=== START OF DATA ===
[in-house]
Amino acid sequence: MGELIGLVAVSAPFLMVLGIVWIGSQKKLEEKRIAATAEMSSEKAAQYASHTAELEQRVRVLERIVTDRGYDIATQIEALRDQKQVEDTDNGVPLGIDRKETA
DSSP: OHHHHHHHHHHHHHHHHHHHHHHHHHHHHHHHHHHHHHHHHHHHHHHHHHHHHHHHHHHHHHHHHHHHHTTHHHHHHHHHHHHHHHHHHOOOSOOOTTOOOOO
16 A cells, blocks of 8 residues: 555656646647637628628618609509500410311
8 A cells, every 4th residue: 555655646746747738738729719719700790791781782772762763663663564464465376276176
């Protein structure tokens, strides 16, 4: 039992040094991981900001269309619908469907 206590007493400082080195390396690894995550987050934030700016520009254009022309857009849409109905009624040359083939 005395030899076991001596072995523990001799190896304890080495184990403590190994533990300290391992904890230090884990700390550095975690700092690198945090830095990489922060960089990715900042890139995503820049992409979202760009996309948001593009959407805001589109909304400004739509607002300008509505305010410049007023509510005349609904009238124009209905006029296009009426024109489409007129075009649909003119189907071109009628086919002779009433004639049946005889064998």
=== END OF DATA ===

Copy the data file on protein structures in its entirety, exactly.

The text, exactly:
[in-house]
Amino acid sequence: MGELIGLVAVSAPFLMVLGIVWIGSQKKLEEKRIAATAEMSSEKAAQYASHTAELEQRVRVLERIVTDRGYDIATQIEALRDQKQVEDTDNGVPLGIDRKETA
DSSP: OHHHHHHHHHHHHHHHHHHHHHHHHHHHHHHHHHHHHHHHHHHHHHHHHHHHHHHHHHHHHHHHHHHHHTTHHHHHHHHHHHHHHHHHHOOOSOOOTTOOOOO
16 A cells, blocks of 8 residues: 555656646647637628628618609509500410311
8 A cells, every 4th residue: 555655646746747738738729719719700790791781782772762763663663564464465376276176
């Protein structure tokens, strides 16, 4: 039992040094991981900001269309619908469907 206590007493400082080195390396690894995550987050934030700016520009254009022309857009849409109905009624040359083939 005395030899076991001596072995523990001799190896304890080495184990403590190994533990300290391992904890230090884990700390550095975690700092690198945090830095990489922060960089990715900042890139995503820049992409979202760009996309948001593009959407805001589109909304400004739509607002300008509505305010410049007023509510005349609904009238124009209905006029296009009426024109489409007129075009649909003119189907071109009628086919002779009433004639049946005889064998």